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Close-up shot of four female students doing calculus problems on a whiteboard in a larger active learning–style classroom.

Modeling Practices in Calculus is a new curriculum and pedagogy and the intervention at the heart of a promising new study from researchers at Florida International University.

Florida International University 

Calculus is historically a gatekeeper course for science, engineering, technology and math fields: if a student fails calculus, it’s do-not-pass go. Even non-STEM majors who enroll in calculus face its notoriously high DFW (D grade, failure and withdrawal) rate—50 percent by some estimates.

Does calculus have to be this way? STEM teaching reformers have been asking that question for some time. And a new study from Florida International University’s STEM Transformation Institute is more evidence that the answer is no.

“Students can and should pass calculus if enrolled in an MPC class,” says lead author Laird Kramer, professor of physics at FIU and founding director of the institute.

About MPC: Modeling Practices in Calculus is a new calculus curriculum and pedagogy and the intervention at the heart of Kramer’s paper. Instead of primarily watching a professor teach calculus (the “sage on a stage” model of instruction), students work in groups on carefully designed activities to “discover” calculus together (with the professor as “guide on the side”).

MPC, which builds on an existing model of calculus instruction called Student-Centered Active Learning Environments with Upside-down Pedagogies (SCALE-UP), aims to develop mathematical habits of mind. Students learn to identify patterns, form hypotheses and test them, make connections, and communicate ideas precisely.

Access to MPC has thus far been limited to instructors, FIU and non-FIU alike, who complete a two-day training through the STEM Transformation Institute. That’s because Kramer and his colleagues don’t want instructors to be using the curricular materials without the accompanying pedagogical strategies, as the two go hand in hand. But Kramer says the work has generated enough interest that he and colleagues launched a website with information on MPC.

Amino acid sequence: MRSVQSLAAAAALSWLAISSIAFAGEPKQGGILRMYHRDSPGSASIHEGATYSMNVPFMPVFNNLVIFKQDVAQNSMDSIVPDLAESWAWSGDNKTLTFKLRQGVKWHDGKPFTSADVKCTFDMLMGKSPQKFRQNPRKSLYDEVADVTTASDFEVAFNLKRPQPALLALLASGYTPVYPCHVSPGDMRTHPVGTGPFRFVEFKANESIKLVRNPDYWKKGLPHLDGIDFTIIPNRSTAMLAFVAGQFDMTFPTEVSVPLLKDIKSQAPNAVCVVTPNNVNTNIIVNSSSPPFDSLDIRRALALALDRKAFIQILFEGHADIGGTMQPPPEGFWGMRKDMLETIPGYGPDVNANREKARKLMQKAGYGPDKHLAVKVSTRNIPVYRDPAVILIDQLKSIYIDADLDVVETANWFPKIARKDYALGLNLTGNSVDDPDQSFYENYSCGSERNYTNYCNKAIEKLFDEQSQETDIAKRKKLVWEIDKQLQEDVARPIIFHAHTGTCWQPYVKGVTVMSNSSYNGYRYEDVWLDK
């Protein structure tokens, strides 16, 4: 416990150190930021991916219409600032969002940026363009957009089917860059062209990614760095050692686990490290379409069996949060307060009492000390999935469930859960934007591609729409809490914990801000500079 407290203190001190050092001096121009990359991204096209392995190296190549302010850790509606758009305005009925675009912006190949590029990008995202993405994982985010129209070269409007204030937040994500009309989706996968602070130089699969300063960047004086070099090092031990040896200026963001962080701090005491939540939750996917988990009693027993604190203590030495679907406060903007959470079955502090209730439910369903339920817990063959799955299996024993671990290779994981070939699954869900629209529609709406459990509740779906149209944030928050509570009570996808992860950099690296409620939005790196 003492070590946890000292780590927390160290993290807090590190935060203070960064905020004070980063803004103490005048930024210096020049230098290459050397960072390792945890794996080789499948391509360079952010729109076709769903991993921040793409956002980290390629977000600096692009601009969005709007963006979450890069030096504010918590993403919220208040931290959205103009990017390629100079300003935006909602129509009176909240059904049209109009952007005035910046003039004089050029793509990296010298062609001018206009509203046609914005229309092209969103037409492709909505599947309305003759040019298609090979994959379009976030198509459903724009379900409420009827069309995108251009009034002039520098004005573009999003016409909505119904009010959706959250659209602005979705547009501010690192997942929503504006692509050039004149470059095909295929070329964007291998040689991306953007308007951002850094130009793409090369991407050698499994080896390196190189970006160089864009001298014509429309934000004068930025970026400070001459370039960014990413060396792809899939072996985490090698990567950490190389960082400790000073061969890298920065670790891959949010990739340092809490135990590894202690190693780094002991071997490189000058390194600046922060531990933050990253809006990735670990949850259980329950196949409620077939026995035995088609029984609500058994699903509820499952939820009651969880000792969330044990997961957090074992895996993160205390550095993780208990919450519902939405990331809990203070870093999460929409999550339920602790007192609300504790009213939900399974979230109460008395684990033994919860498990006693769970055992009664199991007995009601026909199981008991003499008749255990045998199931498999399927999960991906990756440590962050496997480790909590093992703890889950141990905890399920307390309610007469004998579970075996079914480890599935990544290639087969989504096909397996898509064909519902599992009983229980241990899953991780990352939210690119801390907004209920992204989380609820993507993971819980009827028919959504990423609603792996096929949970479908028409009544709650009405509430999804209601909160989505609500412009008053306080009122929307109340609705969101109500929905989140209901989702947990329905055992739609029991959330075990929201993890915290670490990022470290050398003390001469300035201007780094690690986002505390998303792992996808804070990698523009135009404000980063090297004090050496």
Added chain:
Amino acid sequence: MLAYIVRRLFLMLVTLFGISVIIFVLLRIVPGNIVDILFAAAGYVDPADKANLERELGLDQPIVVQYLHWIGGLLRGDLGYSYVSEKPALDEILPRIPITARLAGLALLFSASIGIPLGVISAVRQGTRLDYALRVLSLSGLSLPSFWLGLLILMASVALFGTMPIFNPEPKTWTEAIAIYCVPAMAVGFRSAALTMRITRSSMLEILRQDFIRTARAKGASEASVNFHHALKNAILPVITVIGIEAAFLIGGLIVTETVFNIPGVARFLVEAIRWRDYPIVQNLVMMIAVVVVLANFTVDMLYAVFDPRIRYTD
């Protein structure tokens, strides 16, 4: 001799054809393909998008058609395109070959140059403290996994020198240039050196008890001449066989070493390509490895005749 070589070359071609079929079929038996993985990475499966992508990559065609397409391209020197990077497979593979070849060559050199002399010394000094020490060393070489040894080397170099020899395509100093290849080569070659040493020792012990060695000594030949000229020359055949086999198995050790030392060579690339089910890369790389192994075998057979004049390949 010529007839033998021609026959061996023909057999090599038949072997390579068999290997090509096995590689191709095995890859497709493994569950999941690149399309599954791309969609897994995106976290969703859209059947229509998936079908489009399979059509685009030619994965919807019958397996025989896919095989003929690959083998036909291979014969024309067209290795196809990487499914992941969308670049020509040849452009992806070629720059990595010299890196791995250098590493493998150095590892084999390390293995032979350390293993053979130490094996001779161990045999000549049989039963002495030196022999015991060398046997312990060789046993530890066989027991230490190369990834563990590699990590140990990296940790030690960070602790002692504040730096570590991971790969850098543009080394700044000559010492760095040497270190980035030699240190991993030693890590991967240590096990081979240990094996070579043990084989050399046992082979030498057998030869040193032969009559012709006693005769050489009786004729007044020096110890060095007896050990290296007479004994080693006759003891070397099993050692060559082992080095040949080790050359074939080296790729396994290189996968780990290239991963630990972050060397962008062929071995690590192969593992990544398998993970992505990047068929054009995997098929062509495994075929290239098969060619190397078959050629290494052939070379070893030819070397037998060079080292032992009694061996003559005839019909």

Measuring learning gains: For their study, Kramer and colleagues randomly allocated 811 students across 32 calculus course sections and 19 instructors, over three semesters, to compare how and what students learned in courses using MPC (the treatment group) versus traditional, lecture-based instruction (the control group). Treatment groups included undergraduate peer learning assistants trained to facilitate student learning and promote culturally responsive instruction.

Students’ learning was assessed via questions that Kramer and his team embedded in end-of-term exams across the course sections. The effect size for learning gains in the treatment group was nearly 0.8, which is generally considered large. While effect sizes can be hard to parse, Kramer explains his like this: “If a clinical trial had the same effect size as we measured, they would stop control for lack of effect, since the treatment is so much better.” Hence the Science study’s clinically inspired title: “Establishing a New Standard of Care for Calculus Using Trials With Randomized Student Allocation.”

While course grades aren’t perfect (or always valid) indicators of student learning, students in the MPC treatment group had improved course grades—about 0.4 points higher on a 4.0 scale. This translates to success rates—meaning A, B or C grades—averaging 11 percent higher in MPC sections compared with traditional sections. The MPC sections also had lower course late-drop rates. These findings were consistent across student demographics.

The 19 professors who taught sections for the study included some with active learning experience and some new to it, though Kramer says all were prepared through summer and ongoing professional development.

Calculus and student success: Kramer says that with evidence-based active learning strategies like MPC, more students “can embrace calculus and use it as a launchpad for their STEM career, not fear it. It doesn’t need to be a barrier, even for historically underrepresented students.”

Elizabeth Béjar, FIU provost, says, “One of the variables of student success is if you actually improve the quality of teaching, you will be able to positively impact the quality of learning.”

FIU has increased its four-year graduation rates significantly over a decade and by 10 percent last year alone. Béjar says that promoting evidence-based teaching practices within specific disciplines has been one piece of the puzzle (data-based interventions are another).

“If you don’t have to repeat calculus or if you don’t have to repeat a chemistry class, because you were successful the first time, right, your time to degree is reduced.”

Béjar adds that evidence-based teaching isn’t just about time to degree or even calculus, however.

“It carries over. You’re really impacting the student’s ability to learn how they learn and to learn in more effective ways.”

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